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Conservation In Mind – Extreme heat – climate problems

By Frances Lamberts

As reported by the National Oceanic and Atmospheric Administration, in line with a warming climate, the weather and temperature records have been unusual this year.

Over 126 years of its data gathering, NOAA indicated the 10th warmest March, it being 4.6º F above the 20th-century average in contiguous US daytime temperature. From the Rockies to the East, the agency states, nighttime temperatures were even warmer, namely 5.4º F above the last-century average.

The greater balminess has positive and very negative consequences in cost to households and the general economy. NOAA’s energy database showed demand down more than half, ranking 10th lowest in this long record. Yet ocean and atmospheric warming gave us the third-wettest year and the worst for Atlantic hurricanes. Rains and flooding left in the storms’ wake, their intensity and now often slower weakening after landfall, are boosted by the climate-warming trend.

A dangerous other result was discussed in Science in November and in a special report by the Union of Concerned Scientists in summer, 2019. “When cooling fails” describes effects of extreme heat, when combined with high humidity, on the workings of the organs and their potential failure to keep body temperature stable. “Killer Heat” by UCS reported that extreme heat conditions leading to strain or fatal heat strokes were implicated in 7415 deaths in the US, between 1999 and 2010. And one heatwave alone, in Chicago in 1995, killed more than 700.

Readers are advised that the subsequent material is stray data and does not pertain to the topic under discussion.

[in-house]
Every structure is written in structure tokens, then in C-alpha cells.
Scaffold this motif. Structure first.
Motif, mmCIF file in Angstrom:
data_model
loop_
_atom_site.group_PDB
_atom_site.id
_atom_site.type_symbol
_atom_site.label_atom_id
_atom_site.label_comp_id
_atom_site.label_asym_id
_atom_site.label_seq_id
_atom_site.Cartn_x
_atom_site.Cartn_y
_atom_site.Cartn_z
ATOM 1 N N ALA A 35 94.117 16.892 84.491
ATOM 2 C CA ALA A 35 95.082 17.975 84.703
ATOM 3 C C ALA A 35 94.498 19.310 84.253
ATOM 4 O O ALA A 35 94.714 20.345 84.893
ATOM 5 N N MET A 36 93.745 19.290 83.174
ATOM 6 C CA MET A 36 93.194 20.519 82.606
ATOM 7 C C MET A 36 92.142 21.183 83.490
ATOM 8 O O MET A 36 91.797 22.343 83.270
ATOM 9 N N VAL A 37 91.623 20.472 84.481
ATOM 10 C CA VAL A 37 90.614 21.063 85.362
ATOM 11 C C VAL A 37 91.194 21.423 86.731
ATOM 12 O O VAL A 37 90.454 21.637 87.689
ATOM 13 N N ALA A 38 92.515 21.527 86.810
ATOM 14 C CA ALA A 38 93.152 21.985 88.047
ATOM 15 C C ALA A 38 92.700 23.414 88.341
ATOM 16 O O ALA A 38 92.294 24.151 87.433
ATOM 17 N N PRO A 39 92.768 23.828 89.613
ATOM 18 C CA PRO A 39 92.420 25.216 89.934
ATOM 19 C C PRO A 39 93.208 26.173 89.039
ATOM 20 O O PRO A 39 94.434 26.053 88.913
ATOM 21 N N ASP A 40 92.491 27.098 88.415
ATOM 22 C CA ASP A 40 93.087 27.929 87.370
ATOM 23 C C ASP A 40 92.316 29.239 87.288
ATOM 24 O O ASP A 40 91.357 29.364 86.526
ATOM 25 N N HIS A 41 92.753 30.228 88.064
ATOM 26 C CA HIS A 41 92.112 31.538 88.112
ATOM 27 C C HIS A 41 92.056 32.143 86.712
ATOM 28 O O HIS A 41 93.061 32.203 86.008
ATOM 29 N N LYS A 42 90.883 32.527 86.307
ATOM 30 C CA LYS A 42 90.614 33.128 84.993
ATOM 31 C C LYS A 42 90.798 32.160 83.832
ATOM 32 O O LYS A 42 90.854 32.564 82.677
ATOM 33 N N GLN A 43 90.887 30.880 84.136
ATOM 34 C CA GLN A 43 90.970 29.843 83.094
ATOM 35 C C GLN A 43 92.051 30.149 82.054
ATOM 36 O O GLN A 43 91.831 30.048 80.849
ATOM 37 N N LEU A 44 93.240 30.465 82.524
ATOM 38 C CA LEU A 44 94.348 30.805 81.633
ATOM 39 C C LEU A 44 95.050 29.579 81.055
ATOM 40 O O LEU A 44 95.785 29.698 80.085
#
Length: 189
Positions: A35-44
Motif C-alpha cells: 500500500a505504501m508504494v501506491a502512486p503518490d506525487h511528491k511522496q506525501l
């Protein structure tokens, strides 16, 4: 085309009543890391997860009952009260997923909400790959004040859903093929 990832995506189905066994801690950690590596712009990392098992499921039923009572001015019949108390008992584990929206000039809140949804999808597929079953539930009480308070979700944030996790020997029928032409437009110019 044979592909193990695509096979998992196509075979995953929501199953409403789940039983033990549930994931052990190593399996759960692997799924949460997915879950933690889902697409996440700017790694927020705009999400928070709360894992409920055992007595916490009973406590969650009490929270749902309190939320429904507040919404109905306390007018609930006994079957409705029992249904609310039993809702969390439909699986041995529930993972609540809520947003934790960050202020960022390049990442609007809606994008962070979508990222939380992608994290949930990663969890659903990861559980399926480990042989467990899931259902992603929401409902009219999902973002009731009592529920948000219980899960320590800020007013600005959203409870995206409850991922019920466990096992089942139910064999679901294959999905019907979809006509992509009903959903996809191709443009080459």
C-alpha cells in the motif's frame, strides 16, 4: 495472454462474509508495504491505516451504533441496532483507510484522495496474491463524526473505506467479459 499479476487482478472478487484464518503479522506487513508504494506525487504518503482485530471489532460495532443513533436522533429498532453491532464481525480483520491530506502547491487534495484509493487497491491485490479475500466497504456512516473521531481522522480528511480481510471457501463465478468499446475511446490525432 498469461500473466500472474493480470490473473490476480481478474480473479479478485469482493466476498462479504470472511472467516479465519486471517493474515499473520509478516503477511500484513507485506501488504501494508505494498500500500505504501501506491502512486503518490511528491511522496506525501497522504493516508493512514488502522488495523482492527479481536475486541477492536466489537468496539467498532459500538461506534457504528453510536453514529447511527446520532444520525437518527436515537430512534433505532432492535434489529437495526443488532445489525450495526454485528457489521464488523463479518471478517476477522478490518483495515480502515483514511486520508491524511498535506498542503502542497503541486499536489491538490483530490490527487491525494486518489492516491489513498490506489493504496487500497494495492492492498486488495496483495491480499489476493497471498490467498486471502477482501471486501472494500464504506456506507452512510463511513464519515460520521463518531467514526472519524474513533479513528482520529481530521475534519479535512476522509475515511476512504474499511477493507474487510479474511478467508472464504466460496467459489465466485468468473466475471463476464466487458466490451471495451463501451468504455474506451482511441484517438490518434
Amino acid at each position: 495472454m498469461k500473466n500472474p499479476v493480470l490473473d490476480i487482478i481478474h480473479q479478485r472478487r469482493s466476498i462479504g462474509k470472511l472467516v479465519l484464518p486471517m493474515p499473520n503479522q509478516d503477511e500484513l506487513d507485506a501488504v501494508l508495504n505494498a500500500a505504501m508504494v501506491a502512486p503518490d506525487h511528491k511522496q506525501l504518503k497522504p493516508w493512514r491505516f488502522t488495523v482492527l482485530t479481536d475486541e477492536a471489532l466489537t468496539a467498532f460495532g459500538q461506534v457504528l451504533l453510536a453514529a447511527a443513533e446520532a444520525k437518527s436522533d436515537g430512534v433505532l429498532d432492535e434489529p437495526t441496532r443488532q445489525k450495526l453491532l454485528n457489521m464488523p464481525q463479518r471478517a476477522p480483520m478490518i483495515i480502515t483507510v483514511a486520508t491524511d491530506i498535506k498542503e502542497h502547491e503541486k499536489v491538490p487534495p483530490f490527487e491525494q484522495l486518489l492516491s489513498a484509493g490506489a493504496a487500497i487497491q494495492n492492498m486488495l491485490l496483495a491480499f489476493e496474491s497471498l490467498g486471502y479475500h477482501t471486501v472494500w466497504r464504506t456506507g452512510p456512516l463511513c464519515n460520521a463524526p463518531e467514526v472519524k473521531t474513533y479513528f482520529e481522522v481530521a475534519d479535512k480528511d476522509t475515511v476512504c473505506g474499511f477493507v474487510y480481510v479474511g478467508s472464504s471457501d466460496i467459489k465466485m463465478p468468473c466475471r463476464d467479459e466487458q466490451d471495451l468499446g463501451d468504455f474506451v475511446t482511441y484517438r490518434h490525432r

For many persons with inadequate resources to cool their living space or if engaged in outdoor activities entailing physical exertion– military personnel, firefighters and agricultural workers for example – a further rise in frequency and severity of extreme heat days could mean serious threats to livelihood, health or even life.

The need is great, therefore, for everyone personally and, especially, for national policy action toward reducing the heat-trapping carbon emissions and secure a safer climate future. The challenge is great but far less costly than the threat of not meeting it.

Just a few decades hence, if national action is not taken, UCS concludes from its research that nearly a third of the U.S. population would experience 30 or more days with a heat index which presents great if not mortal danger to people.

We can be thankful that President-elect Biden has shown himself to care deeply about the issue. And important bipartisan legislation in the Congress, such as the Energy Innovation (HR 763) and Growing Climate Solutions (HR 7393) bills, hopefully will be passed next year and become law.